Fish and other marine creatures shape the life of coastal people around the world. What happens then, when marine ecosystems change massively due to climate change?
The world's oceans are undergoing significant changes. Waters acidify and temperatures are rising rapidly. Marine life responds to these changes by seeking new migration routes and new waters to inhabit. For people whose lives are shaped by their relations with these marine creatures, such transformations may have important consequences.
The SEATIMES project aims to investigate these changes and asks how climate change transforms the relations people have with marine life. In order to understand better how human-marine relations operate and transform, SEATIMES suggests that we must look beyond those relations where humans relate to marine life as economic resources. SEATIME therefore looks rather at the temporal aspects of human-marine relations by asking:
1. How do changes in human-marine relations impact people’s relations to the past, their experience of the presence and their imaginations of the future?
2. How do society’s rhythms change as the seasonal variations of marine life and the everyday work patterns related to them change?
3. How do people respond by attempting to stop, slow down, restore or otherwise intervene in these changes?
In order to understand the varieties of transformations in human-marine relations around the world, SEATIMES will focus on three specific cases. In Senegal, we will investigate the disappearance of the important sardinella fish. In Maine, US, we will look at how warming waters causes massive catches of lobsters. In Norway, we study how new species such as snow crab and Pacific oysters poses both challenges and opportunities. Through these cases, we expect SEATIMES to develop a new marine anthropology that provides a broader and better understanding of how humans and marine life are interrelated and how climate change causes transformations in these interrelations.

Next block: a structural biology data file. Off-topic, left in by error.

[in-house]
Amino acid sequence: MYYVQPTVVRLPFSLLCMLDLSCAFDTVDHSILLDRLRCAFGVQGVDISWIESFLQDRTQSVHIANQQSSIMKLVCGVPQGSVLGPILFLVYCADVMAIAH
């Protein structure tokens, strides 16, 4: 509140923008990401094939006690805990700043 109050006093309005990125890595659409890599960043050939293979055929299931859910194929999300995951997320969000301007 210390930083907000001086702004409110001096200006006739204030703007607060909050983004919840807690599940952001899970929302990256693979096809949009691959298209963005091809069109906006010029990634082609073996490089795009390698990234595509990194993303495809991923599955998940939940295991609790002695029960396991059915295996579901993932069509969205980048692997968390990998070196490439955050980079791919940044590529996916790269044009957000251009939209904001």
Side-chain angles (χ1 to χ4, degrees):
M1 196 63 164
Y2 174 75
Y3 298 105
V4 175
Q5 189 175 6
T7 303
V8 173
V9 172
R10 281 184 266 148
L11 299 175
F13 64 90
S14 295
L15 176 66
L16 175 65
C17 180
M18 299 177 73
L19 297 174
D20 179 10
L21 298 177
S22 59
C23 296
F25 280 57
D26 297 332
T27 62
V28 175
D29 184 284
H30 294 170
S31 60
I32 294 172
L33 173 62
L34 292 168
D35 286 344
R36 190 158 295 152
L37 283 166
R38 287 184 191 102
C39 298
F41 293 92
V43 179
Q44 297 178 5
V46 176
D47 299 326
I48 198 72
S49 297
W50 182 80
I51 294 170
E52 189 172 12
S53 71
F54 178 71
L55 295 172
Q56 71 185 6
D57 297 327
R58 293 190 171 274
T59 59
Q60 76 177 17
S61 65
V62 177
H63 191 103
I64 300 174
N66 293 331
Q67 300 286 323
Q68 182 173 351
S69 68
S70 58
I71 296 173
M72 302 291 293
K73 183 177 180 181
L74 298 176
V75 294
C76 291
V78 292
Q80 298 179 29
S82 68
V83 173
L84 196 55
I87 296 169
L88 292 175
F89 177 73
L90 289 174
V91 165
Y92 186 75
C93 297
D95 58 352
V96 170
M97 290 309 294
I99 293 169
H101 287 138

What happens to relations between humans and marine life when climate change forces the latter to flee and seek new waters to inhabit?
Climate change is currently heating up the world's oceans, and marine life are forced to seek new waters better suited to their needs. For many coastal communities, this means that their close relations with fish and other marine species change considerably and impact their imaginations of the past, their hopes for the future and the very rhythms of their daily lives. The SEATIMES project aims to study these changes and asks what they can tell us about how humans are entangled with marine life and about how temporality emerges from such human-marine relations.
The project will answer these questions by conducting ethnographic fieldwork and applying marine biological data in three different sites that experience these changes differently: in Senegal, from where the important sardinella stock departs; in Maine, US, where lobsters thrive be heated waters, but is also threatened by future overheating; and in Norway where warming waters attract new species such as Snow crab and Pacific oyster, some of which are welcomed, while others are seen as a potential threat. By comparing data from these different sites where human-marine relations are transformed in different ways and where different species are involved, the project will provide data on a broad spectrum of transformations in human-marine relations.
Drawing on recent developments in posthumanist and multispecies anthropology, SEATIMES aims to develop a new posthumanist marine anthropology that is better able to account for how humans and marine life are entangled and how these entanglements are transformed by climate change.